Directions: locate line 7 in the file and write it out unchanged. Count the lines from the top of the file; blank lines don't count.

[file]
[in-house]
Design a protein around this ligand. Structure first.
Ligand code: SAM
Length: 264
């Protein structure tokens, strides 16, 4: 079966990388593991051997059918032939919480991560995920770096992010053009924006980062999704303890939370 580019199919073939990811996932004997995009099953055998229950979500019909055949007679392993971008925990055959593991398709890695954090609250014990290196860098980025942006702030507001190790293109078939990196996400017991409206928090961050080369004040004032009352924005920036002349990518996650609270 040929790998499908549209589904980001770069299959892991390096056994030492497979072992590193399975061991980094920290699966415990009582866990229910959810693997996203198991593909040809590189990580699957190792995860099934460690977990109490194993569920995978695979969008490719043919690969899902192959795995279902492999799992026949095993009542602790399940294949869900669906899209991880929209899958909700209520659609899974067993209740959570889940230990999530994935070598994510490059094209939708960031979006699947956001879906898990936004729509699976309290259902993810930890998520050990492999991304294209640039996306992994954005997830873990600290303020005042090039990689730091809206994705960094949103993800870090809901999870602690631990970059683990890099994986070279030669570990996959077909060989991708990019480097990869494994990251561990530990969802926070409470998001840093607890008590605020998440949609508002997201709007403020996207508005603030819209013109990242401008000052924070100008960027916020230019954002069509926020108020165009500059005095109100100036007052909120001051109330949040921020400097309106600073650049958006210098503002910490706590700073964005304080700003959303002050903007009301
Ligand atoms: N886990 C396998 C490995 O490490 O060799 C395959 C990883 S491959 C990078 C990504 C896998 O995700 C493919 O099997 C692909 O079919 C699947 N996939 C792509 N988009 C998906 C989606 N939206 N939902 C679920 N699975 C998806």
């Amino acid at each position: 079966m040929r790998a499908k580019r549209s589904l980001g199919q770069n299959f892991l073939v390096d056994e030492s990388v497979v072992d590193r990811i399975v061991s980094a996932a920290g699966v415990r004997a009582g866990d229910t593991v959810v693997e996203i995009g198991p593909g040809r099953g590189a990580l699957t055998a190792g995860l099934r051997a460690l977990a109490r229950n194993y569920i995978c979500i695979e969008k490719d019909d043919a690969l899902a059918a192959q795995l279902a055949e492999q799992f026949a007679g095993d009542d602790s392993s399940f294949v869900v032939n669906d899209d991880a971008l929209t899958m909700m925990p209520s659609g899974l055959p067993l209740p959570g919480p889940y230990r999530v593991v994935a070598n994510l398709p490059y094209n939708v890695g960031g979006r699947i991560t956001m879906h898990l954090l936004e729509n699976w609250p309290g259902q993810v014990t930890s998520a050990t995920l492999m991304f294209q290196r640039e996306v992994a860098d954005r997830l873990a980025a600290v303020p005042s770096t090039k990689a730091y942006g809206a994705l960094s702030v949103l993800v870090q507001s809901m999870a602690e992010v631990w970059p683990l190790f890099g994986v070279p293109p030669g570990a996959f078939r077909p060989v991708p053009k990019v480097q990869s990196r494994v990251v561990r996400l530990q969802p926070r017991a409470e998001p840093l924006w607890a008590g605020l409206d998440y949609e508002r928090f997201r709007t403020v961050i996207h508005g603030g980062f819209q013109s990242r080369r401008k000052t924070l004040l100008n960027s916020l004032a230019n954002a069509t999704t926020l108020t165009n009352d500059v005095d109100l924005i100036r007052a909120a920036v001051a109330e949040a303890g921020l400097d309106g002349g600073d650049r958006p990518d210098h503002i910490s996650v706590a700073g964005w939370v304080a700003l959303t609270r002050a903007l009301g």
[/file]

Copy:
């Amino acid at each position: 079966m040929r790998a499908k580019r549209s589904l980001g199919q770069n299959f892991l073939v390096d056994e030492s990388v497979v072992d590193r990811i399975v061991s980094a996932a920290g699966v415990r004997a009582g866990d229910t593991v959810v693997e996203i995009g198991p593909g040809r099953g590189a990580l699957t055998a190792g995860l099934r051997a460690l977990a109490r229950n194993y569920i995978c979500i695979e969008k490719d019909d043919a690969l899902a059918a192959q795995l279902a055949e492999q799992f026949a007679g095993d009542d602790s392993s399940f294949v869900v032939n669906d899209d991880a971008l929209t899958m909700m925990p209520s659609g899974l055959p067993l209740p959570g919480p889940y230990r999530v593991v994935a070598n994510l398709p490059y094209n939708v890695g960031g979006r699947i991560t956001m879906h898990l954090l936004e729509n699976w609250p309290g259902q993810v014990t930890s998520a050990t995920l492999m991304f294209q290196r640039e996306v992994a860098d954005r997830l873990a980025a600290v303020p005042s770096t090039k990689a730091y942006g809206a994705l960094s702030v949103l993800v870090q507001s809901m999870a602690e992010v631990w970059p683990l190790f890099g994986v070279p293109p030669g570990a996959f078939r077909p060989v991708p053009k990019v480097q990869s990196r494994v990251v561990r996400l530990q969802p926070r017991a409470e998001p840093l924006w607890a008590g605020l409206d998440y949609e508002r928090f997201r709007t403020v961050i996207h508005g603030g980062f819209q013109s990242r080369r401008k000052t924070l004040l100008n960027s916020l004032a230019n954002a069509t999704t926020l108020t165009n009352d500059v005095d109100l924005i100036r007052a909120a920036v001051a109330e949040a303890g921020l400097d309106g002349g600073d650049r958006p990518d210098h503002i910490s996650v706590a700073g964005w939370v304080a700003l959303t609270r002050a903007l009301g």